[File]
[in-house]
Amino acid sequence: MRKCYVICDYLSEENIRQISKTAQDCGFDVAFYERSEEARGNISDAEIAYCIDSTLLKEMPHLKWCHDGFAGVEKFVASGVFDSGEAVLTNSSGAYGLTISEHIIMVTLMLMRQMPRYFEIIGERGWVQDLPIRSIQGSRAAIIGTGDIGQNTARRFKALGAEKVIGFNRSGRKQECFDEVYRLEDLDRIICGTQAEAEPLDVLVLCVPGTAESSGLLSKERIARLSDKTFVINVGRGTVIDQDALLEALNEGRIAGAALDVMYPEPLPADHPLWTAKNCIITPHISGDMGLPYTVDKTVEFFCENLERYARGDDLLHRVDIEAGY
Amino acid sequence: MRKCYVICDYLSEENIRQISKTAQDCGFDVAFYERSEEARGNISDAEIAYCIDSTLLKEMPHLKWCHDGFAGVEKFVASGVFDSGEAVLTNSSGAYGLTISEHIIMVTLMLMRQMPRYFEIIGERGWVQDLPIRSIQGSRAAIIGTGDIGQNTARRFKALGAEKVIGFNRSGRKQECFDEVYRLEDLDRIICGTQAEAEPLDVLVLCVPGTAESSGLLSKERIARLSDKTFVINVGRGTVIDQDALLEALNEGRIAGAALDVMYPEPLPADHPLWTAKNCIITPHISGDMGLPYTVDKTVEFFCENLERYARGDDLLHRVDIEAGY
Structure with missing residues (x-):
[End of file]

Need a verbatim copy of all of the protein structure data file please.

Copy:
[in-house]
Amino acid sequence: MRKCYVICDYLSEENIRQISKTAQDCGFDVAFYERSEEARGNISDAEIAYCIDSTLLKEMPHLKWCHDGFAGVEKFVASGVFDSGEAVLTNSSGAYGLTISEHIIMVTLMLMRQMPRYFEIIGERGWVQDLPIRSIQGSRAAIIGTGDIGQNTARRFKALGAEKVIGFNRSGRKQECFDEVYRLEDLDRIICGTQAEAEPLDVLVLCVPGTAESSGLLSKERIARLSDKTFVINVGRGTVIDQDALLEALNEGRIAGAALDVMYPEPLPADHPLWTAKNCIITPHISGDMGLPYTVDKTVEFFCENLERYARGDDLLHRVDIEAGY
Amino acid sequence: MRKCYVICDYLSEENIRQISKTAQDCGFDVAFYERSEEARGNISDAEIAYCIDSTLLKEMPHLKWCHDGFAGVEKFVASGVFDSGEAVLTNSSGAYGLTISEHIIMVTLMLMRQMPRYFEIIGERGWVQDLPIRSIQGSRAAIIGTGDIGQNTARRFKALGAEKVIGFNRSGRKQECFDEVYRLEDLDRIICGTQAEAEPLDVLVLCVPGTAESSGLLSKERIARLSDKTFVINVGRGTVIDQDALLEALNEGRIAGAALDVMYPEPLPADHPLWTAKNCIITPHISGDMGLPYTVDKTVEFFCENLERYARGDDLLHRVDIEAGY
Structure with missing residues (x-):